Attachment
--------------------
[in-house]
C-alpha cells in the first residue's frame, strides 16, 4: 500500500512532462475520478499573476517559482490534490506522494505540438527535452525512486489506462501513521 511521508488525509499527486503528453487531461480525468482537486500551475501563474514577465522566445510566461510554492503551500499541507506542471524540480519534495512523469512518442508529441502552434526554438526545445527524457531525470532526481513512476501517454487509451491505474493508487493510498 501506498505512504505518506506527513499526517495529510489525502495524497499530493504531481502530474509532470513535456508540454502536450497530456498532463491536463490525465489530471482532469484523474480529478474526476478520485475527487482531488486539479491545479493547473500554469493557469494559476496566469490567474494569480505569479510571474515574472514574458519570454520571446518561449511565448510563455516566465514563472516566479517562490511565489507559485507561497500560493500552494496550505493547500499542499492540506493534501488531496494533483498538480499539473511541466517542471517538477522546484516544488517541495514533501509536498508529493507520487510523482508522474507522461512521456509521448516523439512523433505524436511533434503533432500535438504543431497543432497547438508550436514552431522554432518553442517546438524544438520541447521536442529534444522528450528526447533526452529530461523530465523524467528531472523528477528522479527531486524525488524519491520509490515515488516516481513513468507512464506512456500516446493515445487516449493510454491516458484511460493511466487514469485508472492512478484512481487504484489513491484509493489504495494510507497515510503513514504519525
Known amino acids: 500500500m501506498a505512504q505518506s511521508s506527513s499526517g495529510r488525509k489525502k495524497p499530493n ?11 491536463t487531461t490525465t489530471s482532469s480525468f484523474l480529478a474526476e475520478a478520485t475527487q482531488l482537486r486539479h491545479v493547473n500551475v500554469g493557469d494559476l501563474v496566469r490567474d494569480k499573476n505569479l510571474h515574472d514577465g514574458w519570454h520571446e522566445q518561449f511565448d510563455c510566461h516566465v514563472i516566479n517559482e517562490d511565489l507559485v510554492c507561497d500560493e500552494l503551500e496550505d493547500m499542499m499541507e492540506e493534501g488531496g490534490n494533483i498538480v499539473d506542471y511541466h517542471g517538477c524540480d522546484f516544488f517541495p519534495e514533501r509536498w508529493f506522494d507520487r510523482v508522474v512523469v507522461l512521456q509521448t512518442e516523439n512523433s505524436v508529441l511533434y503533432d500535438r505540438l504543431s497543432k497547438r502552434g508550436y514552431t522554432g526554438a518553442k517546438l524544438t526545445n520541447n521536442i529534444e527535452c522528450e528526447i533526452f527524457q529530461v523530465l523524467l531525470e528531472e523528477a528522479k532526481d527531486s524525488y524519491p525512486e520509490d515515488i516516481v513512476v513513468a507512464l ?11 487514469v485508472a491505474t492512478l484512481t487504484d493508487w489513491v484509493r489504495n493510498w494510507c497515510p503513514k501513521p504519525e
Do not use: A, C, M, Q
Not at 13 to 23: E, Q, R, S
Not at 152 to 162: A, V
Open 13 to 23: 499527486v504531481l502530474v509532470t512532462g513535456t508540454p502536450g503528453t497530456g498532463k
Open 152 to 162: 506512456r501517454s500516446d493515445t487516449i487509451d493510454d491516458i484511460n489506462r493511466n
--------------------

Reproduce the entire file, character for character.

[in-house]
C-alpha cells in the first residue's frame, strides 16, 4: 500500500512532462475520478499573476517559482490534490506522494505540438527535452525512486489506462501513521 511521508488525509499527486503528453487531461480525468482537486500551475501563474514577465522566445510566461510554492503551500499541507506542471524540480519534495512523469512518442508529441502552434526554438526545445527524457531525470532526481513512476501517454487509451491505474493508487493510498 501506498505512504505518506506527513499526517495529510489525502495524497499530493504531481502530474509532470513535456508540454502536450497530456498532463491536463490525465489530471482532469484523474480529478474526476478520485475527487482531488486539479491545479493547473500554469493557469494559476496566469490567474494569480505569479510571474515574472514574458519570454520571446518561449511565448510563455516566465514563472516566479517562490511565489507559485507561497500560493500552494496550505493547500499542499492540506493534501488531496494533483498538480499539473511541466517542471517538477522546484516544488517541495514533501509536498508529493507520487510523482508522474507522461512521456509521448516523439512523433505524436511533434503533432500535438504543431497543432497547438508550436514552431522554432518553442517546438524544438520541447521536442529534444522528450528526447533526452529530461523530465523524467528531472523528477528522479527531486524525488524519491520509490515515488516516481513513468507512464506512456500516446493515445487516449493510454491516458484511460493511466487514469485508472492512478484512481487504484489513491484509493489504495494510507497515510503513514504519525
Known amino acids: 500500500m501506498a505512504q505518506s511521508s506527513s499526517g495529510r488525509k489525502k495524497p499530493n ?11 491536463t487531461t490525465t489530471s482532469s480525468f484523474l480529478a474526476e475520478a478520485t475527487q482531488l482537486r486539479h491545479v493547473n500551475v500554469g493557469d494559476l501563474v496566469r490567474d494569480k499573476n505569479l510571474h515574472d514577465g514574458w519570454h520571446e522566445q518561449f511565448d510563455c510566461h516566465v514563472i516566479n517559482e517562490d511565489l507559485v510554492c507561497d500560493e500552494l503551500e496550505d493547500m499542499m499541507e492540506e493534501g488531496g490534490n494533483i498538480v499539473d506542471y511541466h517542471g517538477c524540480d522546484f516544488f517541495p519534495e514533501r509536498w508529493f506522494d507520487r510523482v508522474v512523469v507522461l512521456q509521448t512518442e516523439n512523433s505524436v508529441l511533434y503533432d500535438r505540438l504543431s497543432k497547438r502552434g508550436y514552431t522554432g526554438a518553442k517546438l524544438t526545445n520541447n521536442i529534444e527535452c522528450e528526447i533526452f527524457q529530461v523530465l523524467l531525470e528531472e523528477a528522479k532526481d527531486s524525488y524519491p525512486e520509490d515515488i516516481v513512476v513513468a507512464l ?11 487514469v485508472a491505474t492512478l484512481t487504484d493508487w489513491v484509493r489504495n493510498w494510507c497515510p503513514k501513521p504519525e
Do not use: A, C, M, Q
Not at 13 to 23: E, Q, R, S
Not at 152 to 162: A, V
Open 13 to 23: 499527486v504531481l502530474v509532470t512532462g513535456t508540454p502536450g503528453t497530456g498532463k
Open 152 to 162: 506512456r501517454s500516446d493515445t487516449i487509451d493510454d491516458i484511460n489506462r493511466n